“Look at you—stone-drunk and flattened by a television”
We hear it all the time and we know it’s a lie: Everything will be okay. No it won’t; it’s impossible and anyone who thinks different is deluded. There will always be missteps, depression, tragedy, guilt, remorse—they are unavoidable. But those instances of darkness should never become who we are. And just because we are all misunderstood doesn’t mean we are invisible. Yes, we all go through the same rotten system of life’s lesser gifts, but we are still unique creatures. What gets us noticed amidst the abyss is what we do to overcome.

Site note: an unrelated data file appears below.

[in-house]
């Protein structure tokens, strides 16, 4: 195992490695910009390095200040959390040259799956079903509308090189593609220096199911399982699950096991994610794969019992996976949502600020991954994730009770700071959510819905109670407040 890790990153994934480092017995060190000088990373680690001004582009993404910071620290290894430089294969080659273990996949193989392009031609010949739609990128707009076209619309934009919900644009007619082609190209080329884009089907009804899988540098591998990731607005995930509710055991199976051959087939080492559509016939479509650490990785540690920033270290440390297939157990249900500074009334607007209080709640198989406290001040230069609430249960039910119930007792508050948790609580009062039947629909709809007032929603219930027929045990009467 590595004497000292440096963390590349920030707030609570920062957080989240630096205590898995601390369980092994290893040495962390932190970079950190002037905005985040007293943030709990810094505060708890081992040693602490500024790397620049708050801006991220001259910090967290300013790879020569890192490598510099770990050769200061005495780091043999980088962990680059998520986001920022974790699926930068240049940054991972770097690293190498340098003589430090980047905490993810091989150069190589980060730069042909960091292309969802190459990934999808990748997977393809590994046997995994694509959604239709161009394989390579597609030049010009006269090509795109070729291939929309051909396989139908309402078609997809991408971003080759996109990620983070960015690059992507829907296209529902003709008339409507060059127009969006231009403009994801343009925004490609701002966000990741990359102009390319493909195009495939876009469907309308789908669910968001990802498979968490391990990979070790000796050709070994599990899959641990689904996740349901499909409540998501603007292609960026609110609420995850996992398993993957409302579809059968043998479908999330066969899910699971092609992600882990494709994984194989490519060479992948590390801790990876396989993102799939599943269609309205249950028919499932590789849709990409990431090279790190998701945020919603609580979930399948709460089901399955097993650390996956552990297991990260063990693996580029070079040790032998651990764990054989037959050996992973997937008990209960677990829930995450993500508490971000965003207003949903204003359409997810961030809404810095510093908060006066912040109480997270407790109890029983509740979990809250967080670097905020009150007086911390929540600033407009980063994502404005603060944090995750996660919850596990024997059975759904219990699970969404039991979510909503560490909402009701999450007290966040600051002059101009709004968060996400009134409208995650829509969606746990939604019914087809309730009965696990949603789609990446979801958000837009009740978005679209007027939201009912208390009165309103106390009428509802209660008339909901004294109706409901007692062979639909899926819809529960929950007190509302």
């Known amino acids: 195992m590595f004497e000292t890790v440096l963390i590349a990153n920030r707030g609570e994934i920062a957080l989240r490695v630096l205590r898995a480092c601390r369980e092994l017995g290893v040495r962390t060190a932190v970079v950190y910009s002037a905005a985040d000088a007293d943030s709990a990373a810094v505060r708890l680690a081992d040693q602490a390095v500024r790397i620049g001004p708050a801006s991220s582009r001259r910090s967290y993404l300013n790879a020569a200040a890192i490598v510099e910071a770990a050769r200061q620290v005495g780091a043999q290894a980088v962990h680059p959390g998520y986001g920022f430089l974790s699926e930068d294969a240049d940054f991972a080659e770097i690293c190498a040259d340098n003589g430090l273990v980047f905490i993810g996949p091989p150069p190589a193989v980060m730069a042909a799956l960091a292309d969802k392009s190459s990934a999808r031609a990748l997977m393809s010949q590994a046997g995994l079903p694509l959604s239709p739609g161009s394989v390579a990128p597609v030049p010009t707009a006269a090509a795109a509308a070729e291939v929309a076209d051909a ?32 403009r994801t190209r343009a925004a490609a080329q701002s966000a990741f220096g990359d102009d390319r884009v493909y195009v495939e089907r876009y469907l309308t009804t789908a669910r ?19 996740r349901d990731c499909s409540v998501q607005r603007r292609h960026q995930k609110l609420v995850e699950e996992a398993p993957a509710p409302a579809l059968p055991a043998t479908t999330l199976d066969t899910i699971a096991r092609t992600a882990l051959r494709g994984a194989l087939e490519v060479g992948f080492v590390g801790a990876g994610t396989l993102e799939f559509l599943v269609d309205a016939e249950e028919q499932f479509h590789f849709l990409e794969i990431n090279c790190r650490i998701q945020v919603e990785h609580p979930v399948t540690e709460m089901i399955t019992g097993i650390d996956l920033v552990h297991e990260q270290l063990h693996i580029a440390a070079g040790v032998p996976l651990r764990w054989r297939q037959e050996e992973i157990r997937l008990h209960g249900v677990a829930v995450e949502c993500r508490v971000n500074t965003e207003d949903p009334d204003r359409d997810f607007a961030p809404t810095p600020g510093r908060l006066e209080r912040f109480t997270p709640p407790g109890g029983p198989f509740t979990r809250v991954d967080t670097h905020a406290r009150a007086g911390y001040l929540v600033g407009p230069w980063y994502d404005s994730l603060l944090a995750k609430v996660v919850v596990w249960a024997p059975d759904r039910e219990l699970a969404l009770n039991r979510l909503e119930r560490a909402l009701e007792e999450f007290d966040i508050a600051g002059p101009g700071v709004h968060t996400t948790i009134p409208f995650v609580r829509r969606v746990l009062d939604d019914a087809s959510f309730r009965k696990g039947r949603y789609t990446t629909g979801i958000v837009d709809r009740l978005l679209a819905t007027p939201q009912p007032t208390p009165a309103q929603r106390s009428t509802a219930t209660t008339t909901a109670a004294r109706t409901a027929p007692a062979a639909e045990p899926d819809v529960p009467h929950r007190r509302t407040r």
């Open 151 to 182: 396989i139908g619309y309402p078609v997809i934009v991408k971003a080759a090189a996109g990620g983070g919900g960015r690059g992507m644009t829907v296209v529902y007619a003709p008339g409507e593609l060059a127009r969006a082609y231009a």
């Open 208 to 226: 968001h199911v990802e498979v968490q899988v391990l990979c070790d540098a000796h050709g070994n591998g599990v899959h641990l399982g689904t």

While The Beaver keeps these sentiments close at heart, Kyle Killen’s script isn’t their only display. No, the bigger story surrounding this film lies in its lead actor. Fresh off his most recent run-in with the media due to his proclivities towards showing the world what a horrible person he is, Mel Gibson embodies how unfortunate our lives can be. Almost single-handedly torpedoing his co-star and director Jodie Foster’s work, this film became mired in events beyond its control. No matter how magnificent it could be, the stigma of its star would never let it reach its full potential. I’d never ask you to give Gibson a third chance—I’m not even sure any of us gave him a second one—but his performance as Walter Black deserves to be seen nonetheless.